Monday, October 25, 2010

Getting into a Routine

This unseasonably warm weather is making me grumpy. I should live in Washington or Oregon, where it's cool, rainy, and overcast all the time.  Motivate me, O G-d to just walk and take my big walking stick for balance help, also to make me look ferocious. Stray and loose dogs don't bother me, but stray and loose children goes. Goal: easy warm up this time....10-15 minutes which includes an unfriendly hill. I don't recommend this is for an unstable Parkinsonian, which I occasionally am. This is one time it's good to have company and imperative to have a cell phone and a stick or cane or a walker.  A safer alternative is walking or marching in place indoors.  If falling is still a worry there, you might hold on to a stationary object OR do the same motions while seated.
 I clocked a 33 minute workout that included pedaling with legs and arms at varying intensities.  I took my walking stick and used it to align my arms for stretching, then used resistance bands for barbell curl type raises.  One of my exercise books has instructions for "easing" the aging, arthritic body from a chair to the floor for leg raises and lower body rotations.  THUD. No, that won't work.  My physical therapist told me she feels way better if I do exercises I can do on my bed. It's not firm enough for some, but bent-knee leg raises and lateral leg raises can much more safely be done on a bed, so that getting TO the floor doesn't result in being removed from the floor.

What fascinated me most today was learning about face and larynx exercises and vocal cord routines. When I was in college, the late, great Helena Rubenstein said all women should keep their neck and facial skin tight by doing at least 1-2 sets of these daily:

  • Look up at the ceiling or sky. Put your head back as far as you can.  
  • Pull your lower jaw towards your upper so you feel neck muscles tighten.
  • Open and close your mouth 10 times.
  • Good time to put moisturizer on--or give yourself a facial [yes, guys, they make them for you too].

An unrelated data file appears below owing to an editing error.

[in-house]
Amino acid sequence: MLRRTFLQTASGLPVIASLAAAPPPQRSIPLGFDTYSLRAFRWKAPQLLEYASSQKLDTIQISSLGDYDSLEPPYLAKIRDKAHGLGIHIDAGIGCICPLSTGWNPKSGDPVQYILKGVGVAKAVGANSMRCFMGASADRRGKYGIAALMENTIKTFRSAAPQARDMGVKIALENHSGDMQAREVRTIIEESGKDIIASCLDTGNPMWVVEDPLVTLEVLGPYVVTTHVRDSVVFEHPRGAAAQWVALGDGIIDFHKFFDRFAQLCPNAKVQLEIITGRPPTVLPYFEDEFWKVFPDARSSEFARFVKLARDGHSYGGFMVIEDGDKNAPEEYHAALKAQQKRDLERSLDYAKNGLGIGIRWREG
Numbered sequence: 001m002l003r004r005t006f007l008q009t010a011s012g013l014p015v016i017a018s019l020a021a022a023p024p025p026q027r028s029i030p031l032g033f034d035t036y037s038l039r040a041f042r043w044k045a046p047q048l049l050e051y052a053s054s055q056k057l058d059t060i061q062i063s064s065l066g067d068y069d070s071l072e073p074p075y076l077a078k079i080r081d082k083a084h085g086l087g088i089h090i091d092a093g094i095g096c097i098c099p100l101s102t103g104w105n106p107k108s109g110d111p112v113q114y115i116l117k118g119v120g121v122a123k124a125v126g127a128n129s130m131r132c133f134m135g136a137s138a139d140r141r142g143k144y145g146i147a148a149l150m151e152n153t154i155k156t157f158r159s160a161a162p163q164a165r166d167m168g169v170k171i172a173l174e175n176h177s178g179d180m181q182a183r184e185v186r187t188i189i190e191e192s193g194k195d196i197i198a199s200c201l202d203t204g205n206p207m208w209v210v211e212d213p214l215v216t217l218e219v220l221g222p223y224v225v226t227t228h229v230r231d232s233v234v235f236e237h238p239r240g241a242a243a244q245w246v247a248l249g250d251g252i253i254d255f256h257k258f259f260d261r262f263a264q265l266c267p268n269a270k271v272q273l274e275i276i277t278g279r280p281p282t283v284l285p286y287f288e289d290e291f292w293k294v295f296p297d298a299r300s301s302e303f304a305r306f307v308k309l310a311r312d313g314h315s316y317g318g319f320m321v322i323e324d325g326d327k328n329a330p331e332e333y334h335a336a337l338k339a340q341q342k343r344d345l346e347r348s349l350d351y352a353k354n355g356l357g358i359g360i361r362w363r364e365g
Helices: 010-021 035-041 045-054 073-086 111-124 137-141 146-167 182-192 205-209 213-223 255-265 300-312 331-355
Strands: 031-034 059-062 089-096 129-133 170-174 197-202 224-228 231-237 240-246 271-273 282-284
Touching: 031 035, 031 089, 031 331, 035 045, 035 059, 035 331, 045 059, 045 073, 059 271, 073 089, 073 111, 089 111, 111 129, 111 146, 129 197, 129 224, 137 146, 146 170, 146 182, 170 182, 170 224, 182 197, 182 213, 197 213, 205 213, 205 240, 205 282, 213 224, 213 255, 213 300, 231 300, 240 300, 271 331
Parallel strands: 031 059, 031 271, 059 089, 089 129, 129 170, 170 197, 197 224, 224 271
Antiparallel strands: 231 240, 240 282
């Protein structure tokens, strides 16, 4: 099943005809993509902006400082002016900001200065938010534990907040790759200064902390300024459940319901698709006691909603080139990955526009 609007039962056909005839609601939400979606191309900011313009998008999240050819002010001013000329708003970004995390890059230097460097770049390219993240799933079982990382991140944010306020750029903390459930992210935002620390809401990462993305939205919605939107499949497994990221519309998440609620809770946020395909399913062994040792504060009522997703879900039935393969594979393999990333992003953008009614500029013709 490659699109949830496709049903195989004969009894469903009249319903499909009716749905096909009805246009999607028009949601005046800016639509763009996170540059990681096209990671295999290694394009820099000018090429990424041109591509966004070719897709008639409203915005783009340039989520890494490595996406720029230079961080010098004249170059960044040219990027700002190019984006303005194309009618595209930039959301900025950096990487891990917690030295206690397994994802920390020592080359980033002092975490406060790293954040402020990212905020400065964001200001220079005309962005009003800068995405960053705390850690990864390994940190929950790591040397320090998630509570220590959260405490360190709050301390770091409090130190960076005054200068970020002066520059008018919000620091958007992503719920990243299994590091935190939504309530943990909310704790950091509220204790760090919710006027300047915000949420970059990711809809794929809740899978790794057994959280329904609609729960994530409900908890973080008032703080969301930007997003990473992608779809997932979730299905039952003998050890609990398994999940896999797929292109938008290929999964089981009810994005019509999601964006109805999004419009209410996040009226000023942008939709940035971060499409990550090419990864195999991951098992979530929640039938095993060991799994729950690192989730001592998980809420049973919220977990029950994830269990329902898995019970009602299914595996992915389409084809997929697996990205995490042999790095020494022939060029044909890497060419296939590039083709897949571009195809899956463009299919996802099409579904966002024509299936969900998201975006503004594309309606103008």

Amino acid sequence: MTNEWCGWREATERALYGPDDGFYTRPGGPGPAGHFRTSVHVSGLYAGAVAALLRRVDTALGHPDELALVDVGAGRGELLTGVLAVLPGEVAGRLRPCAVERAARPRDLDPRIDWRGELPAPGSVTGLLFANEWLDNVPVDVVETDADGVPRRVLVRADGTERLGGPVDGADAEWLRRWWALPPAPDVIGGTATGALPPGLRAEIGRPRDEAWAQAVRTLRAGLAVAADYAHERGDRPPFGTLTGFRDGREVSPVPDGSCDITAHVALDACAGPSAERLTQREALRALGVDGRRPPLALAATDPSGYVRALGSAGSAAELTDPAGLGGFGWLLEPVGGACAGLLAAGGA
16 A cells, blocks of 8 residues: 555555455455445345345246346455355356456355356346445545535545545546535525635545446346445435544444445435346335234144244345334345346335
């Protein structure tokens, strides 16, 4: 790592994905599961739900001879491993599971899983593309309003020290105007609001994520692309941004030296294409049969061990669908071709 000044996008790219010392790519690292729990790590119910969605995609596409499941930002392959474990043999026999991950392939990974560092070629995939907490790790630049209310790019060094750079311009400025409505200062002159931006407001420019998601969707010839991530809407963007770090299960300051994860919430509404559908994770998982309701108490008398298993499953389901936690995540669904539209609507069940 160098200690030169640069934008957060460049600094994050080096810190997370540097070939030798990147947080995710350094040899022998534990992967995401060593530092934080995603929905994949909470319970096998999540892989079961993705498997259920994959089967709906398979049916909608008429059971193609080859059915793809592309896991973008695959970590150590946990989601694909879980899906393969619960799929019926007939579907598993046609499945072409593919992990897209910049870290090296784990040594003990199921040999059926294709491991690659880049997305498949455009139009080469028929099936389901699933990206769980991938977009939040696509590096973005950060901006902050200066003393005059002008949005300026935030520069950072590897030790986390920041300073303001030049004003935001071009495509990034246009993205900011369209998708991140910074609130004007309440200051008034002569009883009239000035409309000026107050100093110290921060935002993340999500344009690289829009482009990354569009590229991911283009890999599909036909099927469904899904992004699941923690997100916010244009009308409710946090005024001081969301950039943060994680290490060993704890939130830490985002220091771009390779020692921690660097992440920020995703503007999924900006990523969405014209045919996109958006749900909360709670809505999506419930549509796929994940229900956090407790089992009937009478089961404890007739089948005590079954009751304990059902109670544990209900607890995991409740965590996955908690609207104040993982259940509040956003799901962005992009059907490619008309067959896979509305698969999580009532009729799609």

Forty-five years ago it was I learned this little trick.  Has it worked?  A little? Perhaps, but now I realize Helena and I were ahead of our time.  Some people who develop routines for us recommend having a repertoire of facial expressions--sad, angry, laughing.  Like chicken soup, it may not cure what we dread, but it doesn't hurt.
Then there are vocalizations we should practice when we can.  A great singer suggested this, but you will need to understand cat behavior.  At the time I started doing this, I had no idea what awaited me, but I wanted to try some exercises  to warm up my untrained singing voice. "What sounds besides speech can you do?" she asked?  "Imitate something. You have a good speaking voice. Make sounds that aren't talking or singing."  Without thinking, I caterwauled.  First, I sounded like one tomcat, but, then, I raised my voice and introduced a second cat into the fight.   I have read suggestions for audible yawning and saying "aaah" while keeping a hand on the throat--fingers spread--to visualize opening the throat and feeling it.  Given my Hebrew name--Ariel or Lion--I have chosen roaring.  Sometimes it starts as a squeak and ends as a squeak and coughing fit.  But roaring practice is now part of my routine.

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